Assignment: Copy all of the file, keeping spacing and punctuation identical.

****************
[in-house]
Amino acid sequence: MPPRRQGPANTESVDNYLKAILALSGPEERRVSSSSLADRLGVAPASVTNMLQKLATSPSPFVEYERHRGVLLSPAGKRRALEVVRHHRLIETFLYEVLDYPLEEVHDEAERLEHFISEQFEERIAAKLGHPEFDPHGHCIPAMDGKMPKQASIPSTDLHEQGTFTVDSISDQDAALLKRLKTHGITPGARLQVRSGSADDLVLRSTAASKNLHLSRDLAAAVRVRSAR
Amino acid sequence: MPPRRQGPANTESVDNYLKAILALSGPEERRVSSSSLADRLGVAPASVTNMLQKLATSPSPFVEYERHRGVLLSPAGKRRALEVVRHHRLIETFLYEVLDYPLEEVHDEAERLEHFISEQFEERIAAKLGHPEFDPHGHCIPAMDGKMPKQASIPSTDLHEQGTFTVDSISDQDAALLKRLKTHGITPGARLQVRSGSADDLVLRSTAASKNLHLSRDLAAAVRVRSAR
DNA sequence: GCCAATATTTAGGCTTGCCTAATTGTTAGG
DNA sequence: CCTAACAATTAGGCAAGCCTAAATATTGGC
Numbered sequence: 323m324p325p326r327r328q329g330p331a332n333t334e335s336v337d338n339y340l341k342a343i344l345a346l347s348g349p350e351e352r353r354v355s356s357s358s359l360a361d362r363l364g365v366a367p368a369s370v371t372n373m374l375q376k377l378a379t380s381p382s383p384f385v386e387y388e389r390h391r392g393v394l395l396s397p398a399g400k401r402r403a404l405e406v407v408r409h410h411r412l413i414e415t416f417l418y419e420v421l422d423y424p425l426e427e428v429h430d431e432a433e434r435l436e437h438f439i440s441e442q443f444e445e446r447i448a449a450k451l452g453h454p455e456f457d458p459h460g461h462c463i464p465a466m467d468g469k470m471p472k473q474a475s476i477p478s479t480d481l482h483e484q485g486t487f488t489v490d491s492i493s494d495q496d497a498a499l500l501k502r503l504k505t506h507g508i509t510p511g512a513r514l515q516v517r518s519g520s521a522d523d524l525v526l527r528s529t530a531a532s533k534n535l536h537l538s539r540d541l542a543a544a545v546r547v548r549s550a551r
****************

[in-house]
Amino acid sequence: MPPRRQGPANTESVDNYLKAILALSGPEERRVSSSSLADRLGVAPASVTNMLQKLATSPSPFVEYERHRGVLLSPAGKRRALEVVRHHRLIETFLYEVLDYPLEEVHDEAERLEHFISEQFEERIAAKLGHPEFDPHGHCIPAMDGKMPKQASIPSTDLHEQGTFTVDSISDQDAALLKRLKTHGITPGARLQVRSGSADDLVLRSTAASKNLHLSRDLAAAVRVRSAR
Amino acid sequence: MPPRRQGPANTESVDNYLKAILALSGPEERRVSSSSLADRLGVAPASVTNMLQKLATSPSPFVEYERHRGVLLSPAGKRRALEVVRHHRLIETFLYEVLDYPLEEVHDEAERLEHFISEQFEERIAAKLGHPEFDPHGHCIPAMDGKMPKQASIPSTDLHEQGTFTVDSISDQDAALLKRLKTHGITPGARLQVRSGSADDLVLRSTAASKNLHLSRDLAAAVRVRSAR
DNA sequence: GCCAATATTTAGGCTTGCCTAATTGTTAGG
DNA sequence: CCTAACAATTAGGCAAGCCTAAATATTGGC
Numbered sequence: 323m324p325p326r327r328q329g330p331a332n333t334e335s336v337d338n339y340l341k342a343i344l345a346l347s348g349p350e351e352r353r354v355s356s357s358s359l360a361d362r363l364g365v366a367p368a369s370v371t372n373m374l375q376k377l378a379t380s381p382s383p384f385v386e387y388e389r390h391r392g393v394l395l396s397p398a399g400k401r402r403a404l405e406v407v408r409h410h411r412l413i414e415t416f417l418y419e420v421l422d423y424p425l426e427e428v429h430d431e432a433e434r435l436e437h438f439i440s441e442q443f444e445e446r447i448a449a450k451l452g453h454p455e456f457d458p459h460g461h462c463i464p465a466m467d468g469k470m471p472k473q474a475s476i477p478s479t480d481l482h483e484q485g486t487f488t489v490d491s492i493s494d495q496d497a498a499l500l501k502r503l504k505t506h507g508i509t510p511g512a513r514l515q516v517r518s519g520s521a522d523d524l525v526l527r528s529t530a531a532s533k534n535l536h537l538s539r540d541l542a543a544a545v546r547v548r549s550a551r